Success only flourishes in perseverance -- ceaseless, restless perseverance.
--Baron Manfred Von Richtofen

Tuesday, February 1, 2011

Rules Are Made to be Broken

I can't think of one single rule of writing that can't be broken successfully. I'm sure you're aware of many examples. So, how do you know when you break the rules and when you can't?

I don't know.

But, I offer it as my opinion that we have to use our  

Writer's Intuition.

Do you believe there is such a thing? I do. I think we can know intuitively how the story were trying to tell can best be told. However, I also believe we are not born with writer's intuition. Well, maybe some people are, but it's not a prerequisite for becoming a writer. We have to develop it. How?

Read, read, read, read, read. Read the type of books you want to write. Get a feel for how words are put together. The more you read, the more the wonderful flow of language will become ingrained inside of you. This shouldn't be too hard. Writers are pretty much born readers.

And write. Write, write, write, write, write. You have to practice. It will take time to gain your own writer's intuition. But you will gain it. I believe that.

I'm going to do some more posts on using writer's intuition in every stage of the writing game, so stay tuned...

16 comments:

Stephanie McGee said...

Amen.

Anything that is a rule in writing can be broken.

Misha said...

I think writing rules are more guide lines than anything else.

But, as you said, we need intuition to know when to ignore the guide line.

logankstewart said...

Great post, and something I whole-heartedly believe in, especially with the English language.

Writing is a craft, and as long as the writer is writing "effectively," the rules of grammar are relegated to the guidelines of grammar.

Summer Ross said...

Writers intuition- I like it, sounds magical LOL. I'm looking forward to more posts on this. I think you have something here, almost like muscle memory, but instead its writing memory possibly? Great post!

Jan Markley said...

I'm always tuned to your blog Angie! The best advice I ever received was to learn the rules so that you can break them.

LTM said...

great post, Angie! And I think that's the secret benefit of reading and writing--developing that sixth sense. Thanks, :o) <3

Terry W. Ervin II said...

The author knows the story he/she wants to tell best--and there's nothing wrong when one goes with a gut feeling as opposed to 'conventional writing wisdom.'

Angie said...

I think it is magical, Summer. Thanks, Jan. You're right that we have to learn the rules before we can break them successfully. I try to go with my gut feelings, Terry. Thanks for the comments everyone!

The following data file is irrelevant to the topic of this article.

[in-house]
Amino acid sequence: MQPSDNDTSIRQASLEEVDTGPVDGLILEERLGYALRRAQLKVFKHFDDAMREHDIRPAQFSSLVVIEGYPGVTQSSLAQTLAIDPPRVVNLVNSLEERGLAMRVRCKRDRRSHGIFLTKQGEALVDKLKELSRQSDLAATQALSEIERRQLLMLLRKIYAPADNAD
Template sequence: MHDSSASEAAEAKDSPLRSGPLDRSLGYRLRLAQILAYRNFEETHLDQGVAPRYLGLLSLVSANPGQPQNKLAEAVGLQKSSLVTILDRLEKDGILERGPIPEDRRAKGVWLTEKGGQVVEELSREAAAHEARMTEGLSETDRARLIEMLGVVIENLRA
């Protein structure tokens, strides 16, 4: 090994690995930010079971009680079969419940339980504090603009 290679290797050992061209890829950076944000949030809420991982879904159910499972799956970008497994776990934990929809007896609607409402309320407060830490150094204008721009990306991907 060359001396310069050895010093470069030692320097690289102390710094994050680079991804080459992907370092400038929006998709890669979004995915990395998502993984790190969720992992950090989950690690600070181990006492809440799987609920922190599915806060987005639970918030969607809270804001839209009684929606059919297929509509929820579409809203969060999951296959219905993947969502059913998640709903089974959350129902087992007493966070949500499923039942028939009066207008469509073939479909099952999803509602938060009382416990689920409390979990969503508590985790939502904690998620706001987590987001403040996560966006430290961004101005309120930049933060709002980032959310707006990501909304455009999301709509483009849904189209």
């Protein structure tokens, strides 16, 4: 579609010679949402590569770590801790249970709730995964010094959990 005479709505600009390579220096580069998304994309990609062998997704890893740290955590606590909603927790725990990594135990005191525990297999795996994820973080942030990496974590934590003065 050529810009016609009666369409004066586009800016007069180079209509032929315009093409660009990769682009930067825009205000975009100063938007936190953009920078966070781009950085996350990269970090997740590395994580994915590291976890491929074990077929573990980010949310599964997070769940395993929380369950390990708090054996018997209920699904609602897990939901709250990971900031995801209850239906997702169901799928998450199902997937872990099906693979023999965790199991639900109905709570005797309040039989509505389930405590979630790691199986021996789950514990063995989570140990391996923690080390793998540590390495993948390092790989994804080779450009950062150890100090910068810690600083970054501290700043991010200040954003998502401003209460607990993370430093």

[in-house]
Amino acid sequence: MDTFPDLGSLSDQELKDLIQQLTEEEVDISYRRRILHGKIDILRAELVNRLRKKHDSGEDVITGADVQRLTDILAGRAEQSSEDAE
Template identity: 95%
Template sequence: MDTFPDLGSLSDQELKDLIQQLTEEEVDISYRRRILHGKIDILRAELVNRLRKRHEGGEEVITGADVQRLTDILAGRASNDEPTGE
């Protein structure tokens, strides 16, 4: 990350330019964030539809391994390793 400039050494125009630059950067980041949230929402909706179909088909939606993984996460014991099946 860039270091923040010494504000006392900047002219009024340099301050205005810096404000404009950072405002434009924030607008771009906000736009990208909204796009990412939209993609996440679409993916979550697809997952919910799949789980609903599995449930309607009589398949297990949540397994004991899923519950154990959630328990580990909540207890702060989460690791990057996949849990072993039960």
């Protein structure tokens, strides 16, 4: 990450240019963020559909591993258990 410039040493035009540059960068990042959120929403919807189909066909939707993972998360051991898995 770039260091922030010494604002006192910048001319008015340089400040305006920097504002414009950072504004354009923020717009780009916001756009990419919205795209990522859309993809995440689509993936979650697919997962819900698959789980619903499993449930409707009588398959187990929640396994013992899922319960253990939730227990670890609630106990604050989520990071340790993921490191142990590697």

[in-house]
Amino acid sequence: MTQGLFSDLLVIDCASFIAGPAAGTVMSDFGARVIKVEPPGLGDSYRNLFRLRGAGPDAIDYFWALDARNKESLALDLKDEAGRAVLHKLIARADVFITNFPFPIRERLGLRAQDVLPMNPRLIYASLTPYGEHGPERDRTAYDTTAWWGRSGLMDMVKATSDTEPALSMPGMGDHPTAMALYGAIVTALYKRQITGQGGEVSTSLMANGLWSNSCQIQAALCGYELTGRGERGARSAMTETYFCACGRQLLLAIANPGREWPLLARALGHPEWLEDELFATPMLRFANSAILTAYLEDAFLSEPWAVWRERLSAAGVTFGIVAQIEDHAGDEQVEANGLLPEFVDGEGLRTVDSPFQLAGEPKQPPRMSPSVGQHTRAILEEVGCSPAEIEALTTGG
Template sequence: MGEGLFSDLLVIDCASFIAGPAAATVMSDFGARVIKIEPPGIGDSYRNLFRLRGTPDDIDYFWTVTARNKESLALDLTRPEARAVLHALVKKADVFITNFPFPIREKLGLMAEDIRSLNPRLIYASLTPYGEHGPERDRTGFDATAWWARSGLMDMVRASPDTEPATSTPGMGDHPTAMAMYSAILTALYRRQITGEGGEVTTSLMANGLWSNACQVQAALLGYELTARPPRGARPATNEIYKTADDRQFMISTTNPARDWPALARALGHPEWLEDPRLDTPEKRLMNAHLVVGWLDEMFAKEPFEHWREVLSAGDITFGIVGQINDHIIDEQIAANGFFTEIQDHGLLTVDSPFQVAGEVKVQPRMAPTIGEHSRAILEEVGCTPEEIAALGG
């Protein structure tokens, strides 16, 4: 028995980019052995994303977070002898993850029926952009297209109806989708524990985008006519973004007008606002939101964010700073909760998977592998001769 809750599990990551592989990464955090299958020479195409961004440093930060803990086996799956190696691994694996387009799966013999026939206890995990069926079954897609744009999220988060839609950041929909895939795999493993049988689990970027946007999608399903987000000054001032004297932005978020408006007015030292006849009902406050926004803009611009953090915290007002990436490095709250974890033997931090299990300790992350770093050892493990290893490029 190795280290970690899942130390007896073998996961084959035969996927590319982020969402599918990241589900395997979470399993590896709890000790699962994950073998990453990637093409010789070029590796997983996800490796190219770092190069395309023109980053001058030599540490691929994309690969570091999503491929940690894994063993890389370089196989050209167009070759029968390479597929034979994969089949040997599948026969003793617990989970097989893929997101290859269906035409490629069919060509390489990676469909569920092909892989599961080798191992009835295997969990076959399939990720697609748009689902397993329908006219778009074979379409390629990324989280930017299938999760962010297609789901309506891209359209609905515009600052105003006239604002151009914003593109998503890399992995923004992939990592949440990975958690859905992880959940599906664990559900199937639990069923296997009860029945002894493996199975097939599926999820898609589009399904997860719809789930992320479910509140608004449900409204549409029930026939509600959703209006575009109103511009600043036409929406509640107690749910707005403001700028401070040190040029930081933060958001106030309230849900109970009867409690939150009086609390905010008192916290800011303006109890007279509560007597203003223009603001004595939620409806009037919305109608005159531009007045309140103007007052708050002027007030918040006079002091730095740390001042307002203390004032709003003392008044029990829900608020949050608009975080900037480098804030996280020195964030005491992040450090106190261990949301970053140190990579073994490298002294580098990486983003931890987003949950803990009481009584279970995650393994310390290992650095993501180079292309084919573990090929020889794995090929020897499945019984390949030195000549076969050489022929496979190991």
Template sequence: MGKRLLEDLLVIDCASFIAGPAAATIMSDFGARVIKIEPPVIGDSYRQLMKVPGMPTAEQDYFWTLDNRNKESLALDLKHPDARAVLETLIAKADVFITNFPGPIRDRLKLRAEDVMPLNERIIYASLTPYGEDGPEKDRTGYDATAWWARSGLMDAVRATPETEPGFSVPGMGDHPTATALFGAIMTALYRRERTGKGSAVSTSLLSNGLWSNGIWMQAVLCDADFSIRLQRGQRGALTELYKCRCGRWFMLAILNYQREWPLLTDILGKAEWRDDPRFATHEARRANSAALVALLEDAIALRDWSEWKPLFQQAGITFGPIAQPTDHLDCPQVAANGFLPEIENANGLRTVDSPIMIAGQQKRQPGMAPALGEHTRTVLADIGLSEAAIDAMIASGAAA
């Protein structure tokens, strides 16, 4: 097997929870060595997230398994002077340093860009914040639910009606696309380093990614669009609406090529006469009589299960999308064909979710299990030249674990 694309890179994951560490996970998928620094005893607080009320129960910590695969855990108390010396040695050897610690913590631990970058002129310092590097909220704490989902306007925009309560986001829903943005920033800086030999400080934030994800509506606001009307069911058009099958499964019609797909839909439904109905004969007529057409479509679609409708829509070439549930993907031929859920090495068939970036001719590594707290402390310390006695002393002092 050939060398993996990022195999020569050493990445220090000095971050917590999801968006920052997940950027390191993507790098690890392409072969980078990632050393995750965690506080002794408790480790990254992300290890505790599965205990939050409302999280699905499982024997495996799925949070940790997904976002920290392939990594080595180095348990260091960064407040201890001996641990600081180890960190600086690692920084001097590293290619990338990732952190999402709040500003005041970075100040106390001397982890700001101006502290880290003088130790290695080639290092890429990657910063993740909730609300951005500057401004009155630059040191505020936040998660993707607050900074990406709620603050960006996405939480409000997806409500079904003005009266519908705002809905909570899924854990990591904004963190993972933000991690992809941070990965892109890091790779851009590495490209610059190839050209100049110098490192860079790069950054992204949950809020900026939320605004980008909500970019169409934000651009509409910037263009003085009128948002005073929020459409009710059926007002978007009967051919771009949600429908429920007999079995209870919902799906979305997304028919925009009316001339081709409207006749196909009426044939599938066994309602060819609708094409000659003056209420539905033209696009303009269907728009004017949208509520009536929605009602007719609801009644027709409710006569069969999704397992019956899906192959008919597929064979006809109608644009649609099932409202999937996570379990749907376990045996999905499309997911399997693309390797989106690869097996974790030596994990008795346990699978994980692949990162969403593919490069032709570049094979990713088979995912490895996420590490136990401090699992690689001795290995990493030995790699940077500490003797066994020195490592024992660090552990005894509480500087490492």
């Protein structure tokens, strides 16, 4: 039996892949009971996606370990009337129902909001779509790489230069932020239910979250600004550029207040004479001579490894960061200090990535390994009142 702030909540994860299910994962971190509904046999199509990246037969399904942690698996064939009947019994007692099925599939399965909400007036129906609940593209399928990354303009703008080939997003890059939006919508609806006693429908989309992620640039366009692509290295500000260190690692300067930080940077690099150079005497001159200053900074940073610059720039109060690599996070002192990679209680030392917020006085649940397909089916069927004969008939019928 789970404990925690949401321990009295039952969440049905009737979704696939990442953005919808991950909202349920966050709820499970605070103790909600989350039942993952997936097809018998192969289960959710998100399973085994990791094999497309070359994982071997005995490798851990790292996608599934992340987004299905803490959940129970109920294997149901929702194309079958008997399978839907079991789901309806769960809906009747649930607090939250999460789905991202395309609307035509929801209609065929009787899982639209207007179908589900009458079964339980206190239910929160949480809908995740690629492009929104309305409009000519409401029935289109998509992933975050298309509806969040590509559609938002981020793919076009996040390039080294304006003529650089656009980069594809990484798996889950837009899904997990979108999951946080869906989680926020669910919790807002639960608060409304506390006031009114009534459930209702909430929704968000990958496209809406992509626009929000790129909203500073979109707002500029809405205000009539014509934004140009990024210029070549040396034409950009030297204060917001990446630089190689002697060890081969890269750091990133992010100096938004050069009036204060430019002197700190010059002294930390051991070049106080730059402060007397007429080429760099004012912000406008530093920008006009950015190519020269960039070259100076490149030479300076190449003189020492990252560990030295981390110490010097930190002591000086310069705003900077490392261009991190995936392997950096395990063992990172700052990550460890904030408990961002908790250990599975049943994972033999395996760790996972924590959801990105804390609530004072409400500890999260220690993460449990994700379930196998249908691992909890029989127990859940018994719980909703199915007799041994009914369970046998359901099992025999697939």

ali said...

I used to not really know (REALLY know) how reading was a prerequisite to good writing. I mean, I knew you had to love books. I knew it was smart to read your own genre so you knew how it was "done".

But the best thing I learned from reading lots was HOW TO BREAK THE RULES.

And the book that blew my mind was THE ADORATION OF JENNA FOX. I swear, up until that book, everything else had just been speculation or fairy tales. For that book just opened up a whole world of possibilities for me.

If I hadn't been reading a lot, I wouldn't have known how rules could be broken so beautifully.

Great post, Angie! I'm gonna look forward to reading about your writer's intuition!

AstonWest said...

Just finished reading a wildly popular book that breaks most of the "rules" -- trick is that most people read the story, and if it's engaging enough, they won't even notice all those broken rules.

Jessica Bell said...

This is so true. We have to listen to our gut! Rules are just there as a guideline. I think too many writers take them too seriously, actually.

Theresa Milstein said...

I like the idea of you having future posts about writer's tuition. And I like your advice here. The more we read, the better writers we become.

Rosslyn Elliott said...

Oh, this is a good topic! Looking forward to more of your thoughts on it...writer's intuition is a funny thing.

Angie said...

You're right, Todd. The story does have to be engaging. I hope my future posts on the topic are worthwhile. Thanks for reading and commenting, everyone!

Stacy Henrie said...

Great post! I like the idea that we develop our writer intuition as we go along, sort of similar to finding our writing voice.

L.T. Elliot said...

I have to mirror ali on this one because Jenna Fox was a book that taught me about rule breaking, too. It was also a book that taught me what I could do with emotion and honesty and rawness. Sometimes, rules have to be broken because it's just the best way to say it. =D